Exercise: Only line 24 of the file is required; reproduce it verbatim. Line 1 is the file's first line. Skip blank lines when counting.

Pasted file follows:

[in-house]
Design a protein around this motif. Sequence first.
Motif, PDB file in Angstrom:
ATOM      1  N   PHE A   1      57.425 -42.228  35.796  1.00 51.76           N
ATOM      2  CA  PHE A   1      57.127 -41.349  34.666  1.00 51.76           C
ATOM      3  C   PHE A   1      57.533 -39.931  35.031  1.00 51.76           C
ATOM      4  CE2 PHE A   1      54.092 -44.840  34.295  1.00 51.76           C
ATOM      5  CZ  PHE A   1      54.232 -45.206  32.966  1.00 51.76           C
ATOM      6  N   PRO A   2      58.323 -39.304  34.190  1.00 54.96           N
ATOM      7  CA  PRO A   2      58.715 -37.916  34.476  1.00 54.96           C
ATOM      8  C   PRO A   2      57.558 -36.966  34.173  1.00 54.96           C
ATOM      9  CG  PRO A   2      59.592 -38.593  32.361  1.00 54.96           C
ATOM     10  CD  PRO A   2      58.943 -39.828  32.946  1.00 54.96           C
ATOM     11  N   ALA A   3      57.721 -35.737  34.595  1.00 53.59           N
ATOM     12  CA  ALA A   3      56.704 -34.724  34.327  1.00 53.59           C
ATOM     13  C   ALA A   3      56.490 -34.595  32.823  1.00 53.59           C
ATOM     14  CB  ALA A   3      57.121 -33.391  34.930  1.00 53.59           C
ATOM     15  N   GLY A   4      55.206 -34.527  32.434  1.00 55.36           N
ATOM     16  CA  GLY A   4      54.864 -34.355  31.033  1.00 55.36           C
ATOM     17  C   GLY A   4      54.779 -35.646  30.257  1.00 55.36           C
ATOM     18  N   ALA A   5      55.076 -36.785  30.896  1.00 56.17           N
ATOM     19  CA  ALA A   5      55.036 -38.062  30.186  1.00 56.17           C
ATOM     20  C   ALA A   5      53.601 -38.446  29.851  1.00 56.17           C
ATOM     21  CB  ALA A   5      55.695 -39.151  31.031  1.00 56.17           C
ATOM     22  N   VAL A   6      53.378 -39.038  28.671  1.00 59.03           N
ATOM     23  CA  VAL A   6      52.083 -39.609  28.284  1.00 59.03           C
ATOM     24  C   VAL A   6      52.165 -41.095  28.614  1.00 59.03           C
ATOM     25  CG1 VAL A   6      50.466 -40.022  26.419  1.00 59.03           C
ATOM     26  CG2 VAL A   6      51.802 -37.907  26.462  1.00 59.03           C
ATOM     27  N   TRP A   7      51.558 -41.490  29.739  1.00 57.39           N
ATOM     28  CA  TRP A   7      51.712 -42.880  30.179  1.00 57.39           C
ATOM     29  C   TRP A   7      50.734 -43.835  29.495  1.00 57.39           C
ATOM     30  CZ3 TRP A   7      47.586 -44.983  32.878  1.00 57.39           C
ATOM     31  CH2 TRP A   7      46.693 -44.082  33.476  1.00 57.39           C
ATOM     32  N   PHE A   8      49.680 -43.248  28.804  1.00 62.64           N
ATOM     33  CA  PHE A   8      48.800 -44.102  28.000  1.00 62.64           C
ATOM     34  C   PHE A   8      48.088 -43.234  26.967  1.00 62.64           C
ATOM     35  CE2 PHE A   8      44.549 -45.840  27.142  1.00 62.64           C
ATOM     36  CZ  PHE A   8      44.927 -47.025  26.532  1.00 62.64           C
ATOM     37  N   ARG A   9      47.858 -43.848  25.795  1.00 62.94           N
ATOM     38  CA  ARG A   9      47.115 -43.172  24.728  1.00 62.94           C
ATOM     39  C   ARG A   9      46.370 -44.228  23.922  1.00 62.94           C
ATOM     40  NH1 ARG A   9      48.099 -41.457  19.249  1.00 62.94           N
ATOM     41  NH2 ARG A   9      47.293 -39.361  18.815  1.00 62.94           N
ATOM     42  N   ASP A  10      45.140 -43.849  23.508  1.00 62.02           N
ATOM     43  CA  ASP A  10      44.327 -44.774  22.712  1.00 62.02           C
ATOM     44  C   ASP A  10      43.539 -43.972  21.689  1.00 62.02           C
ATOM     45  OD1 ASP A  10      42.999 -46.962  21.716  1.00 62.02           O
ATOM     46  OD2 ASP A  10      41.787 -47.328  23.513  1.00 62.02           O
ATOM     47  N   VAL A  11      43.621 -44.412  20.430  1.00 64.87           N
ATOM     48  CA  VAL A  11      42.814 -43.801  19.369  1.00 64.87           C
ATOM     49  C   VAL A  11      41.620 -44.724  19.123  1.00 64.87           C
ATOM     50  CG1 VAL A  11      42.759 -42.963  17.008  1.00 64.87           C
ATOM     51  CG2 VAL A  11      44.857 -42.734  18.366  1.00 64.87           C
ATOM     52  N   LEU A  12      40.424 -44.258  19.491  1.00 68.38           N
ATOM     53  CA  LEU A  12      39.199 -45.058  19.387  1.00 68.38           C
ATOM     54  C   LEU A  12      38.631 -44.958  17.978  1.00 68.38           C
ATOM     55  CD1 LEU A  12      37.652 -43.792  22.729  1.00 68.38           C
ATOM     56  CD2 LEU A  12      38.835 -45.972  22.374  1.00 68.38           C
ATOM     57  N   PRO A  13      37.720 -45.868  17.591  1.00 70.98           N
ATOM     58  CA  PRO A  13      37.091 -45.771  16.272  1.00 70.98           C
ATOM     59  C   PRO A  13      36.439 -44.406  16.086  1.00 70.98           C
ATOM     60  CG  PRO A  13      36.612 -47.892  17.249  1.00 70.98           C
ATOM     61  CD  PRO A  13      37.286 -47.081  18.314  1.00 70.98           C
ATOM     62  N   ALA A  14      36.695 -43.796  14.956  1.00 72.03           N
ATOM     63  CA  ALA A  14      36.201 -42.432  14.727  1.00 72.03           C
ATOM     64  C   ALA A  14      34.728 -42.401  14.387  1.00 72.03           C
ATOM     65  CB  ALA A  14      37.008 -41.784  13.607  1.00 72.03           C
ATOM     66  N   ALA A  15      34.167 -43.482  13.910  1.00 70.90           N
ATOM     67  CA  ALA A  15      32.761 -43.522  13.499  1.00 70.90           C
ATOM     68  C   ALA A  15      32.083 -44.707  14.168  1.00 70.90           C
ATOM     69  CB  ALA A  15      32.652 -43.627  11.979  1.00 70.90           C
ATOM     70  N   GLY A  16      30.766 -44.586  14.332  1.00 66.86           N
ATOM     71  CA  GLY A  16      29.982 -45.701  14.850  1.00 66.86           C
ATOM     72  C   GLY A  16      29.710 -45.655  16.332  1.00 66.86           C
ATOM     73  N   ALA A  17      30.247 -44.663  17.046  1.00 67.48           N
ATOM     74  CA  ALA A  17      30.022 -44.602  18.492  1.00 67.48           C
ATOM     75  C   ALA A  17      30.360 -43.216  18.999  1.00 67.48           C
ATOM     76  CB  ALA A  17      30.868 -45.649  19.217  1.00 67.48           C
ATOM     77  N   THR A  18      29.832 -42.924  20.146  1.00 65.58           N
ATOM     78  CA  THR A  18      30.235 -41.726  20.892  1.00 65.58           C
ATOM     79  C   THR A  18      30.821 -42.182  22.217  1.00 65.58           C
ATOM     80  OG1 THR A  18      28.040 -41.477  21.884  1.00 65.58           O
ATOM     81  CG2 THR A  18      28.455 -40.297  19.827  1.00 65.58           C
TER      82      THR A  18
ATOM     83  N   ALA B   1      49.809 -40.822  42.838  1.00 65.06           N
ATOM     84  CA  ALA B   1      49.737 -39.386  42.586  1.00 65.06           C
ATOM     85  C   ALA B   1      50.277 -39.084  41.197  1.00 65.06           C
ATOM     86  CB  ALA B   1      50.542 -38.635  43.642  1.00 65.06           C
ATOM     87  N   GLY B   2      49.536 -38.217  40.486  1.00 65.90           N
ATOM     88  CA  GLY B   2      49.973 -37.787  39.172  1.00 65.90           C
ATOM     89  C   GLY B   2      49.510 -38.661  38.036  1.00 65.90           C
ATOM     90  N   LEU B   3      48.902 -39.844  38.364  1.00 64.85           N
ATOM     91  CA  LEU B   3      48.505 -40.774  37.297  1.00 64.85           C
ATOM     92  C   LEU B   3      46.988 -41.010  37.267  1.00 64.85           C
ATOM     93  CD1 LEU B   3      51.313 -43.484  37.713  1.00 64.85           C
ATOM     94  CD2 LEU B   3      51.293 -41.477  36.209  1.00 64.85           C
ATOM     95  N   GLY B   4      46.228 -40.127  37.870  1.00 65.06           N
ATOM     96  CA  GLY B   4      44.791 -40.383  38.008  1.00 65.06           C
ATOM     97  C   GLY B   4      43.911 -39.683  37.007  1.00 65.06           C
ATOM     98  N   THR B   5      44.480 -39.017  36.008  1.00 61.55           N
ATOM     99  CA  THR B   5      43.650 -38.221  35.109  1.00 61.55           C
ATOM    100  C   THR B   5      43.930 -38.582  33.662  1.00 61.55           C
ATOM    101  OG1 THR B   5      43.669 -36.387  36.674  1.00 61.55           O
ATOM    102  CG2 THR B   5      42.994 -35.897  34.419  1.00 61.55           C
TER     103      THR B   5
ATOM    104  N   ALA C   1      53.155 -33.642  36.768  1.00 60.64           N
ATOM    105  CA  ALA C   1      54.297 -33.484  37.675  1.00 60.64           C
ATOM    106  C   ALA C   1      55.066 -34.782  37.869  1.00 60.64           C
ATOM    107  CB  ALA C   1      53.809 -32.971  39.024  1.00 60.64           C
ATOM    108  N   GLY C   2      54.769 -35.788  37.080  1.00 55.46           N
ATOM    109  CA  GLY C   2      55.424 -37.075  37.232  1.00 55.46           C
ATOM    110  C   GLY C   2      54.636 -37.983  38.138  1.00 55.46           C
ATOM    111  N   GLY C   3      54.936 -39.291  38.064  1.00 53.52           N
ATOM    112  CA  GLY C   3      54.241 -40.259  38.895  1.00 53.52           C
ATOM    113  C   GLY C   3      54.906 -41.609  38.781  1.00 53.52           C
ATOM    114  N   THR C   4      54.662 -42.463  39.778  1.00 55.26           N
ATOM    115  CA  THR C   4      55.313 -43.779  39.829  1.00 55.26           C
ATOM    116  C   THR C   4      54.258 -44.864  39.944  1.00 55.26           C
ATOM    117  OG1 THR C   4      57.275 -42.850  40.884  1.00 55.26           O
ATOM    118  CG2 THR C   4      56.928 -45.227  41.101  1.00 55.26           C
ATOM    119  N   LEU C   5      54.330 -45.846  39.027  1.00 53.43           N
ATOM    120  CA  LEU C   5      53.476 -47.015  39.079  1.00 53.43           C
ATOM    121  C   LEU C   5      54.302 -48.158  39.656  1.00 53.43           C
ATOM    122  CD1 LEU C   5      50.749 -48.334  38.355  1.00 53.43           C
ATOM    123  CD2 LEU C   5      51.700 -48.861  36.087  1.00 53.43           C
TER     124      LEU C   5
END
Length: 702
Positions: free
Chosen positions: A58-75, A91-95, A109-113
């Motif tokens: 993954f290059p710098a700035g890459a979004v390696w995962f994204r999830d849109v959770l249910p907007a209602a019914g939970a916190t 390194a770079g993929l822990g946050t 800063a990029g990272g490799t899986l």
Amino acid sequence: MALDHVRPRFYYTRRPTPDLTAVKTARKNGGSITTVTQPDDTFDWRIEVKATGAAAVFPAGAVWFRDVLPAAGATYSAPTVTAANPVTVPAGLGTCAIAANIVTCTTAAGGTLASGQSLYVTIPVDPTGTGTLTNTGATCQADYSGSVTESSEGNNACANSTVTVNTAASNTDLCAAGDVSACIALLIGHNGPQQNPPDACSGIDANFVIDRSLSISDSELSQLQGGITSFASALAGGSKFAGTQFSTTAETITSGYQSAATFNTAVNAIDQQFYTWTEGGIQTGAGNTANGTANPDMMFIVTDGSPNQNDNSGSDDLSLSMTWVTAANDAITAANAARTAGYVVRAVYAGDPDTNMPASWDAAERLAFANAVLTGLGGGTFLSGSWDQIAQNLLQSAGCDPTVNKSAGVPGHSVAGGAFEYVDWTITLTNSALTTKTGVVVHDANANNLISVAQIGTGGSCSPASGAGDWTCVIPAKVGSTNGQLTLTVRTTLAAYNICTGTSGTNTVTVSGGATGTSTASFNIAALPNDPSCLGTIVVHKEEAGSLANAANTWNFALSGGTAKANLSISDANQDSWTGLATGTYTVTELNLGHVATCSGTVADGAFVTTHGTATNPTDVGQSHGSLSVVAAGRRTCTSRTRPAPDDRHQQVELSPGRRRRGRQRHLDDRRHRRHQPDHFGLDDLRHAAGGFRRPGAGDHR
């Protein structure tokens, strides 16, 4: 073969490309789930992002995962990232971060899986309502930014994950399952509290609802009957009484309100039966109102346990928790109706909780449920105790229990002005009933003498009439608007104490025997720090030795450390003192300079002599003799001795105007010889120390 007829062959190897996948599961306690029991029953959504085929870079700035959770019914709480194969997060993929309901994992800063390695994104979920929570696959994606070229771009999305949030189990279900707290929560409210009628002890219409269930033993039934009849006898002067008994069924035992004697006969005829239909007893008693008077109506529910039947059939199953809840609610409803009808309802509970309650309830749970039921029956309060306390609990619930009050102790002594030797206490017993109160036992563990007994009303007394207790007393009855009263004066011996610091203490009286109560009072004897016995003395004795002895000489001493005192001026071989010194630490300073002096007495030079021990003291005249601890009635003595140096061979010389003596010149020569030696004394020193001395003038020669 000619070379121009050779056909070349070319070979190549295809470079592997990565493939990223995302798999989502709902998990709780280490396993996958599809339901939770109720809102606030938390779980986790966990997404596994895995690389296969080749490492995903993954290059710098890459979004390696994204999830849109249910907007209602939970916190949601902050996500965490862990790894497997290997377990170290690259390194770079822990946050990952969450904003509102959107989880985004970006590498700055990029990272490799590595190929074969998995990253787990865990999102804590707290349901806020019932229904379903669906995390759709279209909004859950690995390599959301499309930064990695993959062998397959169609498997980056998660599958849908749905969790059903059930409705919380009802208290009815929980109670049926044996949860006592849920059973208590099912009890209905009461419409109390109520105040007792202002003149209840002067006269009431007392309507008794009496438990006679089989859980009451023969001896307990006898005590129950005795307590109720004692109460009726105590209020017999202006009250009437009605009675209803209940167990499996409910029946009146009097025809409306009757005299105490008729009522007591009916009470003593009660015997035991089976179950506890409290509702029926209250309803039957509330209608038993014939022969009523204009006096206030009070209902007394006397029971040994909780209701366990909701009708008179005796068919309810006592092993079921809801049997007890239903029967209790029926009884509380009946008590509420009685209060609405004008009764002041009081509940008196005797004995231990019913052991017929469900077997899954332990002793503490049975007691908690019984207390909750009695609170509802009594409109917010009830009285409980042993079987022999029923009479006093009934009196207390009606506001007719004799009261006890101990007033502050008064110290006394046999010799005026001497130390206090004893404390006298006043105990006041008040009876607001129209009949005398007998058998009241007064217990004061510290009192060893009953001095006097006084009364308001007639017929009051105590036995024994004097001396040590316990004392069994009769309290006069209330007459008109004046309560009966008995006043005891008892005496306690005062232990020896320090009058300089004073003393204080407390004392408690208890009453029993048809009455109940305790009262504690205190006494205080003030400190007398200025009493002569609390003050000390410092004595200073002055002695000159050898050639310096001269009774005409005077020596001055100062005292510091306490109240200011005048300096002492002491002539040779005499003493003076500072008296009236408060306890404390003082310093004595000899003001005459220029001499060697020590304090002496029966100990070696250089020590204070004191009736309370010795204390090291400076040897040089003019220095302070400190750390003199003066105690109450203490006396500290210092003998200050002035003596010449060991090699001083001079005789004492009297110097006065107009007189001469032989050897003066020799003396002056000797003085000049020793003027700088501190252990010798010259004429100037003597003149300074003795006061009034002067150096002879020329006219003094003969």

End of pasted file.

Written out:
ATOM     21  CB  ALA A   5      55.695 -39.151  31.031  1.00 56.17           C